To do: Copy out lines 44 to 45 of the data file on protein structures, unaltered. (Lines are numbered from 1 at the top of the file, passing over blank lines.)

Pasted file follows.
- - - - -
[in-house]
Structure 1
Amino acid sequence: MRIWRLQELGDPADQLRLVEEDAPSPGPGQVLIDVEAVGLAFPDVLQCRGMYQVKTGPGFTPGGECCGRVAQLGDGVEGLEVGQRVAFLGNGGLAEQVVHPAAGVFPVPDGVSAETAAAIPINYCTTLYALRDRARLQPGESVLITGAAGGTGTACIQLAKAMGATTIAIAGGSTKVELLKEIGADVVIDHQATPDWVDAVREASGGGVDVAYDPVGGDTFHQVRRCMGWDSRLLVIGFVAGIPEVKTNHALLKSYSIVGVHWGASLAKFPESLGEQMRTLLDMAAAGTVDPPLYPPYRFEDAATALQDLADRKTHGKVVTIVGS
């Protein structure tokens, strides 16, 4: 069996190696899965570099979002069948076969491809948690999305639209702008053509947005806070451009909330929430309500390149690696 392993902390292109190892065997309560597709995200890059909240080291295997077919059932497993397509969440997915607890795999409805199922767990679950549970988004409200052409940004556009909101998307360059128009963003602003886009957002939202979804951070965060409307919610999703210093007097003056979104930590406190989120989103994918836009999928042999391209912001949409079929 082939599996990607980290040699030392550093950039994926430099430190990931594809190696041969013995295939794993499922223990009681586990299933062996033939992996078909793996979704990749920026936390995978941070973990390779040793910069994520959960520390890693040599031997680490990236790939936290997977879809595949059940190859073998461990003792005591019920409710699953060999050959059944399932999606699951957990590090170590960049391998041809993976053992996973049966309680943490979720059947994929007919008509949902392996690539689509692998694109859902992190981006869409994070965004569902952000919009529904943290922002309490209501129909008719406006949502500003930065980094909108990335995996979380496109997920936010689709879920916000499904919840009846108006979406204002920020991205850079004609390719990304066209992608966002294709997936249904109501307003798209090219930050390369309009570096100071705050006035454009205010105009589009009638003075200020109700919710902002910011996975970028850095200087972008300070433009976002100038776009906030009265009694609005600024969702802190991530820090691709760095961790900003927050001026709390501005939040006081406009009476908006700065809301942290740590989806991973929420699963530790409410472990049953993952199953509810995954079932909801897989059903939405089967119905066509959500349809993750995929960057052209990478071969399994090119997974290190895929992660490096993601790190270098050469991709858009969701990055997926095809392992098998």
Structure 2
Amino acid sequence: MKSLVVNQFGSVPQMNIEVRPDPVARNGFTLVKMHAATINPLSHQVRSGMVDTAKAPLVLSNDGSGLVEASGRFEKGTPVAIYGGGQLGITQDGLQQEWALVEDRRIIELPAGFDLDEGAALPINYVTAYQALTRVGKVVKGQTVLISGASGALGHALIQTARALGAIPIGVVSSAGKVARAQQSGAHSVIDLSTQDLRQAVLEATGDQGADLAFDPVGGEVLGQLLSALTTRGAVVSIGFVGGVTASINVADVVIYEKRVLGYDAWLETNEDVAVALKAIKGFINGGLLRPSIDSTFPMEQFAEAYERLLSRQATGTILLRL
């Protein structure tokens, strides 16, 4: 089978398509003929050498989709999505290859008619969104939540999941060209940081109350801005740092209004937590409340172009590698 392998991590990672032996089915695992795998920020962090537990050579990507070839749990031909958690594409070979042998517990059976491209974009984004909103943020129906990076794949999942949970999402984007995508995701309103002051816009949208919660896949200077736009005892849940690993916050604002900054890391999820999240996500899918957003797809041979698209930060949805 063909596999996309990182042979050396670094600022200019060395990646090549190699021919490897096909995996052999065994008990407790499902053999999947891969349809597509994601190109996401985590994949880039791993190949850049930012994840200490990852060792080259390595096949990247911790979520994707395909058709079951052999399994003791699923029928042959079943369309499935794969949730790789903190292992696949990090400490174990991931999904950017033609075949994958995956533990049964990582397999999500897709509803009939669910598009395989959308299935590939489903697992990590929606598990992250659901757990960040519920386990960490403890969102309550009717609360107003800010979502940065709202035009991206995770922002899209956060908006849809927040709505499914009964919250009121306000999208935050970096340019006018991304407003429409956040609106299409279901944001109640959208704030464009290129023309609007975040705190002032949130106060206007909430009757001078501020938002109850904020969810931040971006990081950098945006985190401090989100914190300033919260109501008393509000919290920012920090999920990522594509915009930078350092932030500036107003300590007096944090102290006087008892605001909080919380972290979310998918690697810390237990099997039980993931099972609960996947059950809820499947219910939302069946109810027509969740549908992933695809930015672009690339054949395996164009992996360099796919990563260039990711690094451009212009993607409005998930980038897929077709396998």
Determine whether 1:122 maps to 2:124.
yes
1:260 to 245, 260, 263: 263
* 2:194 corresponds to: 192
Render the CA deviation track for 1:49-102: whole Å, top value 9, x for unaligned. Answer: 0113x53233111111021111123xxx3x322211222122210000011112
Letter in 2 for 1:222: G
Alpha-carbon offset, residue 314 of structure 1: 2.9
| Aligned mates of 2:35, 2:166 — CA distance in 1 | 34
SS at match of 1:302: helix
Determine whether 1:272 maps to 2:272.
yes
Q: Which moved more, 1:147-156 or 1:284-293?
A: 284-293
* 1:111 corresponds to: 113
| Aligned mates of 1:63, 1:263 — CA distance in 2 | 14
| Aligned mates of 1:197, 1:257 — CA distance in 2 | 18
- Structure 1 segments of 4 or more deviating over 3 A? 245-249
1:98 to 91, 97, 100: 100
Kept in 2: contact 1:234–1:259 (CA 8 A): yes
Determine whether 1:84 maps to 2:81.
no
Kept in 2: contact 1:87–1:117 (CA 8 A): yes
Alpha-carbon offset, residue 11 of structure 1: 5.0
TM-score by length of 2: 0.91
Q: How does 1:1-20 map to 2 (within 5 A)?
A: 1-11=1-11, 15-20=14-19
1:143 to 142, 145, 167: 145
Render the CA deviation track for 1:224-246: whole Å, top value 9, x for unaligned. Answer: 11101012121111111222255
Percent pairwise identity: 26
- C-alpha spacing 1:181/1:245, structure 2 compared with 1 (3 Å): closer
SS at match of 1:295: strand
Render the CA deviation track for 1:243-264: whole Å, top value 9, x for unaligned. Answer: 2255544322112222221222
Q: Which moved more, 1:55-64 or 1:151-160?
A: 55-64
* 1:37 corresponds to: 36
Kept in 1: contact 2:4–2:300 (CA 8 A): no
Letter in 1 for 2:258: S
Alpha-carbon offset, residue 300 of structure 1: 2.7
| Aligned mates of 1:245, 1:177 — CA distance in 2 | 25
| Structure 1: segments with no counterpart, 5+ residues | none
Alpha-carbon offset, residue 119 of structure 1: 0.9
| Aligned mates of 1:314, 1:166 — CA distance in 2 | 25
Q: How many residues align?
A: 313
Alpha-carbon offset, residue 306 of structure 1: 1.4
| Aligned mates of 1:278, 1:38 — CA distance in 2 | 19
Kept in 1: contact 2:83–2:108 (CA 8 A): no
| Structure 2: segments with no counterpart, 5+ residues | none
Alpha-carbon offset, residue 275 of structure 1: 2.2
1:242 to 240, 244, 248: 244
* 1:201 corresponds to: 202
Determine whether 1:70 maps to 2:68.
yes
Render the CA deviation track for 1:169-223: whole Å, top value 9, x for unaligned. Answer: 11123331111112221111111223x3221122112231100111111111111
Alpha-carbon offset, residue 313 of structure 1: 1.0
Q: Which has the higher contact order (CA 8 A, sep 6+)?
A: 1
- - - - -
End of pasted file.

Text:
Letter in 1 for 2:258: S
Alpha-carbon offset, residue 300 of structure 1: 2.7